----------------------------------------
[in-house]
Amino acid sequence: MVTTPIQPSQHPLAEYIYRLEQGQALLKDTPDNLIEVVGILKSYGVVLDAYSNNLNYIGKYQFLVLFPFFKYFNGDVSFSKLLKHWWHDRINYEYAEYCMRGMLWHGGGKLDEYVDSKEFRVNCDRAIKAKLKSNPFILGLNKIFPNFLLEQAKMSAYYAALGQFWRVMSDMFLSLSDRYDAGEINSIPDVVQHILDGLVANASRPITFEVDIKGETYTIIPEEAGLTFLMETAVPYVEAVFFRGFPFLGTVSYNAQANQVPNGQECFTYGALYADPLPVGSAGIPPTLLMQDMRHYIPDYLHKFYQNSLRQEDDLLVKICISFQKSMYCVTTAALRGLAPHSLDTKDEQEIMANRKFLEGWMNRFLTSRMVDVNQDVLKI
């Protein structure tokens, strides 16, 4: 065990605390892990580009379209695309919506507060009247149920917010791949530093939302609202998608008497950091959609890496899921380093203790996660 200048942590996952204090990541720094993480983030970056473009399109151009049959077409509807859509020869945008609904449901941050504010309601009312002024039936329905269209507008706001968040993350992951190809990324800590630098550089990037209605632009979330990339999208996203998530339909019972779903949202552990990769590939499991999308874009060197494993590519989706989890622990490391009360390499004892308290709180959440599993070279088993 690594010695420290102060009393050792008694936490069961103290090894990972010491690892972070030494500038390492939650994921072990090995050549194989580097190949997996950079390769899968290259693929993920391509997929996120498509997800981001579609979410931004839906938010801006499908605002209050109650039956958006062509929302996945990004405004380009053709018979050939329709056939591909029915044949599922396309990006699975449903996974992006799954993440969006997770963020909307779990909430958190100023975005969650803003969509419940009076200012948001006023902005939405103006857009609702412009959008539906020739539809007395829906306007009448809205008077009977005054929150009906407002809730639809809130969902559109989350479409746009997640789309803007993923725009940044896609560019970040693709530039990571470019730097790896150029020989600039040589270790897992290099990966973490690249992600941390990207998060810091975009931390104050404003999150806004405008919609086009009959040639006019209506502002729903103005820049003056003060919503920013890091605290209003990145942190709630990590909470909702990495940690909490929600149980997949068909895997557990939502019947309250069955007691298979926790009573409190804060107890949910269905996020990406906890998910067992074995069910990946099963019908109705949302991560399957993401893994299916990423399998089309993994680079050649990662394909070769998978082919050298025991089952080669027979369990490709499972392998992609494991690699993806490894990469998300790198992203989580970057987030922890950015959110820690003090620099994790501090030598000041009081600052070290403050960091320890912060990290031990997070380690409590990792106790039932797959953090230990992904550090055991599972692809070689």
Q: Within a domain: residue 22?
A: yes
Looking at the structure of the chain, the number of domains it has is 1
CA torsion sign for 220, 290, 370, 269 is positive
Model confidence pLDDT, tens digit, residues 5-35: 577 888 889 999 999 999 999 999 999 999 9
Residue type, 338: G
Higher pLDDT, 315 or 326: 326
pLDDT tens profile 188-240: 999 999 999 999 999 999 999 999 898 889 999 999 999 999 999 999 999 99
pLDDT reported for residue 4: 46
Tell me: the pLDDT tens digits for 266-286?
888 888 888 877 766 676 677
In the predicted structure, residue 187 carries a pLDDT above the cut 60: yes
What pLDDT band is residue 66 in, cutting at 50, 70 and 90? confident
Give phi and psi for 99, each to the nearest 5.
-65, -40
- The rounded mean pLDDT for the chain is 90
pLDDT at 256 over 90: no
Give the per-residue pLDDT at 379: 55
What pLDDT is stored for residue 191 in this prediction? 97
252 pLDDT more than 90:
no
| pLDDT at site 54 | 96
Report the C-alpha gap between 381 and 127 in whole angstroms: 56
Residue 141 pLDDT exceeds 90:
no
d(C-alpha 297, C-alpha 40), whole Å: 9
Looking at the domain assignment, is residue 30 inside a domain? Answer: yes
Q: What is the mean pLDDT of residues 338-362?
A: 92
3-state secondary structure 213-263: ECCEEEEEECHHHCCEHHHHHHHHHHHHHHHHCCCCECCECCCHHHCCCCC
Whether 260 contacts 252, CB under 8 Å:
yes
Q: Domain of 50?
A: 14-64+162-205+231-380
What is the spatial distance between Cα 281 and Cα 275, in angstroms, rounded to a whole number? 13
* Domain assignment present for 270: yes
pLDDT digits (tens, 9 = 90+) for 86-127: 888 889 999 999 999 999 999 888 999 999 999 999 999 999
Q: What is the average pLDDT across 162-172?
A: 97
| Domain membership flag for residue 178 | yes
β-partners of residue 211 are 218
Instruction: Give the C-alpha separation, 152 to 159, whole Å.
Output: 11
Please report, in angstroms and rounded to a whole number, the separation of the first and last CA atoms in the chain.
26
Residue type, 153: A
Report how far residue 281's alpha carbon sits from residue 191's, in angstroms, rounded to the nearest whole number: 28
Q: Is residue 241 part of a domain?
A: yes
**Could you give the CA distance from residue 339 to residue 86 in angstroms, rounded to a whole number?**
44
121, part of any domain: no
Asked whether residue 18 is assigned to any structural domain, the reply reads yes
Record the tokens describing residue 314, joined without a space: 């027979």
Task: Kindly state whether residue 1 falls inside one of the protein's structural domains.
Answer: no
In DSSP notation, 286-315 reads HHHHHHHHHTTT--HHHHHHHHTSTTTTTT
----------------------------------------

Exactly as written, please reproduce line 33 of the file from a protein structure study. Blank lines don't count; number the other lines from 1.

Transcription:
3-state secondary structure 213-263: ECCEEEEEECHHHCCEHHHHHHHHHHHHHHHHCCCCECCECCCHHHCCCCC